The 18th annual PEN/Martha Albrand Award for First Nonfiction will be given to both Amy Butler Greenfield for A Perfect Red: Empire, Espionage, and the Quest for the Color of Desire (HarperCollins) and the late Marjorie Williams for The Woman at the Washington Zoo: Writings on Politics, Family, and Fate (PublicAffairs).

The PEN/Martha Albrand Award for First Nonfiction recognizes an American author’s first published book of general nonfiction, distinguished by qualities of literary and stylistic excellence. The $1,000 prize is made possible by bequest from the late PEN member and mystery writer Martha Albrand, who wished to call attention to first books of distinction.

2006 Judges

Lis Harris, Joseph Mazur, and Barbara Probst Solomon

From the Judges’ Citation

“Amy Butler Greenfield’s marvelous A Perfect Red is about a subject many of us have never thought about—the quest, beginning in the 1500s, in Spain, Italy, England, and other European countries, to corner the market on the world’s most luminous red dye.  Greenfield’s meticulous description of how the ancient Aztecs extracted the brilliant scarlet-colored carminic acid from the tiny insect one third the size of a ladybug sets the stage.  Her story of how cochineal became a prime monetary prize for the Spanish conquistadors who were the first to see the red dye in Mexican markets, to be followed by the pirate Francis Drake, sea captains, merchants, statesmen, and monarchs throughout Europe, is extraordinary. This radiantly captivating and formidable history of an exotic mystery will take its place with the best accounts of books on Europe and the New World.”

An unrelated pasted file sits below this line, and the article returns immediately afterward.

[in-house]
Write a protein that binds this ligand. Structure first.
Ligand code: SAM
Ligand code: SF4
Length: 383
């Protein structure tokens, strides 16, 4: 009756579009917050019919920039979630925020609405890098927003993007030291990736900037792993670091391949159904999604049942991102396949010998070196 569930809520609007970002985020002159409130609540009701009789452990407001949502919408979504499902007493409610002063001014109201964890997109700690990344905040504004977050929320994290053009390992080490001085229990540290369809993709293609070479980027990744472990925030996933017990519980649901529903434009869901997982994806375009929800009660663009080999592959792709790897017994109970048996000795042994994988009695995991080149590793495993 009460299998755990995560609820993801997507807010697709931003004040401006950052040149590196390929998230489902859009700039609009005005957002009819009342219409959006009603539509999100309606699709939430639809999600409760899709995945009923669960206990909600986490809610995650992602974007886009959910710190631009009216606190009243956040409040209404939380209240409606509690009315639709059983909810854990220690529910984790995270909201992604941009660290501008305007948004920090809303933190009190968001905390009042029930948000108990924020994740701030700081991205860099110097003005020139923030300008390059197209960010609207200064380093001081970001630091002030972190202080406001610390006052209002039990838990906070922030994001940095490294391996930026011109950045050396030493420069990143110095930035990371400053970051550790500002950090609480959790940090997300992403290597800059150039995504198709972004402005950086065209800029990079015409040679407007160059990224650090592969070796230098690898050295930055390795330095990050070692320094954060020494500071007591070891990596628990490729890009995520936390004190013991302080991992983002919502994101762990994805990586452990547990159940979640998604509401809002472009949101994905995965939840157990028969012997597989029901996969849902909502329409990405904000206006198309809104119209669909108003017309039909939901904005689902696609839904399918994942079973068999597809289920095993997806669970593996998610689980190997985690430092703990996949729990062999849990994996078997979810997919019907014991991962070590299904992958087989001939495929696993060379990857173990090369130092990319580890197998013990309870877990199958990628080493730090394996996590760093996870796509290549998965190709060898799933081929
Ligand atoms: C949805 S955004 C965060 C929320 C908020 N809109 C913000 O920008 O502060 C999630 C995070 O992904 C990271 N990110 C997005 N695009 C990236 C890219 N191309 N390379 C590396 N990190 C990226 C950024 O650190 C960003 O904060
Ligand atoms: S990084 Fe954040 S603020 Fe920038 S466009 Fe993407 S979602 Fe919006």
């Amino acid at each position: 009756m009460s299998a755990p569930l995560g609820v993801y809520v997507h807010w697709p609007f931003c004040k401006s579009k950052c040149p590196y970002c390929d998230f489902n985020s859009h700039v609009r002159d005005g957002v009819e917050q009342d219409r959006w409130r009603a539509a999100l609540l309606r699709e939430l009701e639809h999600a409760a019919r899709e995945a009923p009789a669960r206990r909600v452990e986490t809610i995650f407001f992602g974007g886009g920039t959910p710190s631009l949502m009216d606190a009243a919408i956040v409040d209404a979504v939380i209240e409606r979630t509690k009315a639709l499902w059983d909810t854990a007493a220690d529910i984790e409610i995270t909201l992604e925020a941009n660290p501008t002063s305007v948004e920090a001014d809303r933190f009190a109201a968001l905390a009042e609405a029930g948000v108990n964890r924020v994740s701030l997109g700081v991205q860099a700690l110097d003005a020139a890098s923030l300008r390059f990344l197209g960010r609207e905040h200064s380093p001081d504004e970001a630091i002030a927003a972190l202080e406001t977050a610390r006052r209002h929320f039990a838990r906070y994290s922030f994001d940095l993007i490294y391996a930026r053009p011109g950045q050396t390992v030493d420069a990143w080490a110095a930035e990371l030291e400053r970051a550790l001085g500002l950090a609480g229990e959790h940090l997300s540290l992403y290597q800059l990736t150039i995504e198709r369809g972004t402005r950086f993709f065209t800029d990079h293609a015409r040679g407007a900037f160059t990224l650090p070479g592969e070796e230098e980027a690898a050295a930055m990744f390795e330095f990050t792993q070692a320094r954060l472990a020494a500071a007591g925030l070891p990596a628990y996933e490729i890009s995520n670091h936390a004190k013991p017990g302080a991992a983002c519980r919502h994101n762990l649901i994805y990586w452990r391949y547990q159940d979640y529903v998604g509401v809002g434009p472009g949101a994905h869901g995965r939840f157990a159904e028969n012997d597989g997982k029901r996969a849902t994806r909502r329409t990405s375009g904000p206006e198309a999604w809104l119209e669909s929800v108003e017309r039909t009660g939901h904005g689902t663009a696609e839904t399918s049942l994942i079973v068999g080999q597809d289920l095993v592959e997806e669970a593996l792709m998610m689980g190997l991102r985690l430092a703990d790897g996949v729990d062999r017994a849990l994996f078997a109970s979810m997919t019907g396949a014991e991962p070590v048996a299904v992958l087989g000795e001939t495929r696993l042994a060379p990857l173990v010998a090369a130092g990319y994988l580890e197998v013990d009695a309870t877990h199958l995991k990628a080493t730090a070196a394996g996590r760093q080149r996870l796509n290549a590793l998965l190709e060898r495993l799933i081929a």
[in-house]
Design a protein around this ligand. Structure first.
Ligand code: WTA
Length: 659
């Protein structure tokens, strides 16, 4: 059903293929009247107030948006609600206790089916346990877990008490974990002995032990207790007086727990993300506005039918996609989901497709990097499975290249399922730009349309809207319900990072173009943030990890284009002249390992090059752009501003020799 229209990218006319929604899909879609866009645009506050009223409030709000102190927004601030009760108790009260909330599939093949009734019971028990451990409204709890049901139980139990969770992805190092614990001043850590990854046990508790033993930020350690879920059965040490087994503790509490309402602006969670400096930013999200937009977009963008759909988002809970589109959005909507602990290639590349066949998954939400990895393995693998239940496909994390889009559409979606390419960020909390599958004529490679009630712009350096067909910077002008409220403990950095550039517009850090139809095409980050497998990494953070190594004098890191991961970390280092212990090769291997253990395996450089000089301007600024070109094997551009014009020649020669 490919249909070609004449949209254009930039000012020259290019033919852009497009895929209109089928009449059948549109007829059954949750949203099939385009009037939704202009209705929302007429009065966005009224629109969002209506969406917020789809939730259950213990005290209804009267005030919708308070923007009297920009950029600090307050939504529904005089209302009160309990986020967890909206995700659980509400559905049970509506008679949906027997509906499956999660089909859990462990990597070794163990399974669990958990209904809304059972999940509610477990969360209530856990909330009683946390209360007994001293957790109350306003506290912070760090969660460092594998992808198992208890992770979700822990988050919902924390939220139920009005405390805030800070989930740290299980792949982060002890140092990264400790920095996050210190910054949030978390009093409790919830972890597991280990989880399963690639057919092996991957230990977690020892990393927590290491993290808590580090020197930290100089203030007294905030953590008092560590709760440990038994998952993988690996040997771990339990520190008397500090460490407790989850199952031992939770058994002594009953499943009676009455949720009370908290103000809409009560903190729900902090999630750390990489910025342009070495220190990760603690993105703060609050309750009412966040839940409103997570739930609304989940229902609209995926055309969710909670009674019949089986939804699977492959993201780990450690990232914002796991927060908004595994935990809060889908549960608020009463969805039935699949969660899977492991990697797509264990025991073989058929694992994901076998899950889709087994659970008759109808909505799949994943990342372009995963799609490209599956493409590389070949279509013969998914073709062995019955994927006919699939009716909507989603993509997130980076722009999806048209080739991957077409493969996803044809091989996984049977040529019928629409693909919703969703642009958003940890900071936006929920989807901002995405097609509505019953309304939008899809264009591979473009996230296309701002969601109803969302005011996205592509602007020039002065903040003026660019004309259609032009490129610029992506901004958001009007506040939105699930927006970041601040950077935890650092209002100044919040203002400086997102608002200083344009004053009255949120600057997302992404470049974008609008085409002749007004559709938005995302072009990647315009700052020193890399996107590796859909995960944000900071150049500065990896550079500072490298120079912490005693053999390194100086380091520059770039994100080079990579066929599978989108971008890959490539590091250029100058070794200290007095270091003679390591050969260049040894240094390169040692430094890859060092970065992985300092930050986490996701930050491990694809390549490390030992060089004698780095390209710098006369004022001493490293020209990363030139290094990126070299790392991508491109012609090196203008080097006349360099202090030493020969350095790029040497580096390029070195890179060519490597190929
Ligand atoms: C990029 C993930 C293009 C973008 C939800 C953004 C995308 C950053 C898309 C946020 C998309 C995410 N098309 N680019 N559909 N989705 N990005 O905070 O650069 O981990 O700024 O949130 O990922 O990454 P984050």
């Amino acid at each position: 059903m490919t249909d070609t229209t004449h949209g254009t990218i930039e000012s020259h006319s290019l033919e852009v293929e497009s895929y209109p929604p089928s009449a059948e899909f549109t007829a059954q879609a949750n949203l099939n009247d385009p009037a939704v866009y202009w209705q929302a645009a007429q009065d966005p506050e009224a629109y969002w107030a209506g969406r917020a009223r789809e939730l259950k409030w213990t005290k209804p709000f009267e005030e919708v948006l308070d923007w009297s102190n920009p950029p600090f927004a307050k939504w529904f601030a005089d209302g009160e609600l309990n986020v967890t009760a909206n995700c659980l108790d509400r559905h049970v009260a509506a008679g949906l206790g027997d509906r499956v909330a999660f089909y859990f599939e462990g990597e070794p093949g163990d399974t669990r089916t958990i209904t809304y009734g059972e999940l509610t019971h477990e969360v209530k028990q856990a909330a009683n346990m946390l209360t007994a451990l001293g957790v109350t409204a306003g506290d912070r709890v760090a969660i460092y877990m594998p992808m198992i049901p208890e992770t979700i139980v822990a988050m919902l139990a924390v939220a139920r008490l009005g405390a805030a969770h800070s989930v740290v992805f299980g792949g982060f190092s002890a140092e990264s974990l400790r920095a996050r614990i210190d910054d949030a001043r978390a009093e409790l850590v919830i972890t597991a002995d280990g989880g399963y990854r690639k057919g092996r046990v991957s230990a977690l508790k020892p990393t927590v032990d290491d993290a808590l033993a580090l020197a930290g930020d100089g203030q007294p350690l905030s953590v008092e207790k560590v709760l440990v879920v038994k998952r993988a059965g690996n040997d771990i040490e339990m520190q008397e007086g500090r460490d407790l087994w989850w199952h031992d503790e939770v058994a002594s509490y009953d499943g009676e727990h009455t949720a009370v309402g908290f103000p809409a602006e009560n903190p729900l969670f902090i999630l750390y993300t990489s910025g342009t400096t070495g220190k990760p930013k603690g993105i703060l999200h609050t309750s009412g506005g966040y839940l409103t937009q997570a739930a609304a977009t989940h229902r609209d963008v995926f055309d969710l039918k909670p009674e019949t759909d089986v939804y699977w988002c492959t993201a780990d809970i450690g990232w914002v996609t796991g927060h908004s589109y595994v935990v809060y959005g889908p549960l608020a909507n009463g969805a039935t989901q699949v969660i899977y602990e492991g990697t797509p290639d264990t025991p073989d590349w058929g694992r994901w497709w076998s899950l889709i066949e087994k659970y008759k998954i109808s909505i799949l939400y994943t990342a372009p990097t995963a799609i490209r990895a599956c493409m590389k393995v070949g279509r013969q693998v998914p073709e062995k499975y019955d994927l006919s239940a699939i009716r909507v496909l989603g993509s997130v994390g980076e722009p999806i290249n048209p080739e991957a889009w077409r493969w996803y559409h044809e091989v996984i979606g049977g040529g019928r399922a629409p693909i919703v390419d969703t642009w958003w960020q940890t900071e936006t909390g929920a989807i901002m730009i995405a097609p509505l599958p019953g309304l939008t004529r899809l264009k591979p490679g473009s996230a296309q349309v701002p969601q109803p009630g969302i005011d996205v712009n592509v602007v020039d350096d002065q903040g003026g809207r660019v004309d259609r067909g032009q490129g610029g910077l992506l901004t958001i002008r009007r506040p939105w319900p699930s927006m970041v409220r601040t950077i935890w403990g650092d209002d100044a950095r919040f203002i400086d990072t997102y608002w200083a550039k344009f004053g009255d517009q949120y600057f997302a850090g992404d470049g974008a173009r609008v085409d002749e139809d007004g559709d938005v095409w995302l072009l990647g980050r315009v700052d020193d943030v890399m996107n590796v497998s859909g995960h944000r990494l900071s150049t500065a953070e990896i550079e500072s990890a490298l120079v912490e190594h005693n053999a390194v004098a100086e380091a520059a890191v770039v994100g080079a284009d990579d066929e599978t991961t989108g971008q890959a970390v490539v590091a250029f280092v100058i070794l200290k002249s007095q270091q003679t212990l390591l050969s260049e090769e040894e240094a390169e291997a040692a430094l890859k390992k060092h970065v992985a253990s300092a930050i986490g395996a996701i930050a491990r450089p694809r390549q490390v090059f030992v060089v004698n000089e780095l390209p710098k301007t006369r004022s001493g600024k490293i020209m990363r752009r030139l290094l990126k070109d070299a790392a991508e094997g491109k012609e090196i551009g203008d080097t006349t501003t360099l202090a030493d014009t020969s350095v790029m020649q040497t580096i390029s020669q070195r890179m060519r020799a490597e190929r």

“With humor and woe, [Marjorie Williams] takes us through closed doors of metaphorical embassies into the back rooms for intimate glimpses of the Washington elite and powerful.  There we find Barbara Bush’s stepmother in fear of her stepdaughter, Bill Clinton scolding Al Gore, and George W. Bush stealing campaign lines from his brother Jeb. Beyond the profiles, we are given essays on apology, marriage, motherhood, and mortality.  Her brilliant short memoir, Hit by Lightning, strikes with bolts of sympathy as well as recognition of our own vulnerability. She has left us this marvelous treasure.”